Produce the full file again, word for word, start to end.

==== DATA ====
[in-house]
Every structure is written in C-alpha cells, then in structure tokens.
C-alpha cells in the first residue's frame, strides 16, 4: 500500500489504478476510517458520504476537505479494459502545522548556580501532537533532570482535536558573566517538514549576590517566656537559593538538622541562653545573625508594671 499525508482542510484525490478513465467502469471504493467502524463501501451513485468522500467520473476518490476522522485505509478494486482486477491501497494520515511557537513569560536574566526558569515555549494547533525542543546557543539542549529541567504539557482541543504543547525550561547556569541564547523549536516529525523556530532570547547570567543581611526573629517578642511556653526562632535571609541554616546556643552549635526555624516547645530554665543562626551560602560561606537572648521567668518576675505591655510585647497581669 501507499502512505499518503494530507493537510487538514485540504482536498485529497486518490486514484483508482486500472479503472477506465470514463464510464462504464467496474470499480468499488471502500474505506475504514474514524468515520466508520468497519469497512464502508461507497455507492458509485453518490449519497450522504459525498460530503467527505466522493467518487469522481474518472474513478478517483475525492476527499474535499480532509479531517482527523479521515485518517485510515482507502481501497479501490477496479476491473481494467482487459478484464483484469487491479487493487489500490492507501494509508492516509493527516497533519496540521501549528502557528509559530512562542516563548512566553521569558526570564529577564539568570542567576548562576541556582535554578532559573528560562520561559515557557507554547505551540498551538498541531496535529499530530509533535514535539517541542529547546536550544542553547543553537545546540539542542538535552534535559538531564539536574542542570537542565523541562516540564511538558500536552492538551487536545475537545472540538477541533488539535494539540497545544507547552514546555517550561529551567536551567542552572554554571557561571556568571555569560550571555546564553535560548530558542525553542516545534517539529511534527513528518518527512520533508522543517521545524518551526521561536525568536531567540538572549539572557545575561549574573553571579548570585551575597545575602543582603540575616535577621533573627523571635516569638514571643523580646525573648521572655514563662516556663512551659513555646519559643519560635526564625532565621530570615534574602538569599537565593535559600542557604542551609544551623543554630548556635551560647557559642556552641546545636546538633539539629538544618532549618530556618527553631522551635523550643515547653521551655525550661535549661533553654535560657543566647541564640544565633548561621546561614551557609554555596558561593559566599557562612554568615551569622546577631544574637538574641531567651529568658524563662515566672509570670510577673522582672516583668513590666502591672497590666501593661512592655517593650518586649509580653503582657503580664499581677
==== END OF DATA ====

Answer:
[in-house]
Every structure is written in C-alpha cells, then in structure tokens.
C-alpha cells in the first residue's frame, strides 16, 4: 500500500489504478476510517458520504476537505479494459502545522548556580501532537533532570482535536558573566517538514549576590517566656537559593538538622541562653545573625508594671 499525508482542510484525490478513465467502469471504493467502524463501501451513485468522500467520473476518490476522522485505509478494486482486477491501497494520515511557537513569560536574566526558569515555549494547533525542543546557543539542549529541567504539557482541543504543547525550561547556569541564547523549536516529525523556530532570547547570567543581611526573629517578642511556653526562632535571609541554616546556643552549635526555624516547645530554665543562626551560602560561606537572648521567668518576675505591655510585647497581669 501507499502512505499518503494530507493537510487538514485540504482536498485529497486518490486514484483508482486500472479503472477506465470514463464510464462504464467496474470499480468499488471502500474505506475504514474514524468515520466508520468497519469497512464502508461507497455507492458509485453518490449519497450522504459525498460530503467527505466522493467518487469522481474518472474513478478517483475525492476527499474535499480532509479531517482527523479521515485518517485510515482507502481501497479501490477496479476491473481494467482487459478484464483484469487491479487493487489500490492507501494509508492516509493527516497533519496540521501549528502557528509559530512562542516563548512566553521569558526570564529577564539568570542567576548562576541556582535554578532559573528560562520561559515557557507554547505551540498551538498541531496535529499530530509533535514535539517541542529547546536550544542553547543553537545546540539542542538535552534535559538531564539536574542542570537542565523541562516540564511538558500536552492538551487536545475537545472540538477541533488539535494539540497545544507547552514546555517550561529551567536551567542552572554554571557561571556568571555569560550571555546564553535560548530558542525553542516545534517539529511534527513528518518527512520533508522543517521545524518551526521561536525568536531567540538572549539572557545575561549574573553571579548570585551575597545575602543582603540575616535577621533573627523571635516569638514571643523580646525573648521572655514563662516556663512551659513555646519559643519560635526564625532565621530570615534574602538569599537565593535559600542557604542551609544551623543554630548556635551560647557559642556552641546545636546538633539539629538544618532549618530556618527553631522551635523550643515547653521551655525550661535549661533553654535560657543566647541564640544565633548561621546561614551557609554555596558561593559566599557562612554568615551569622546577631544574637538574641531567651529568658524563662515566672509570670510577673522582672516583668513590666502591672497590666501593661512592655517593650518586649509580653503582657503580664499581677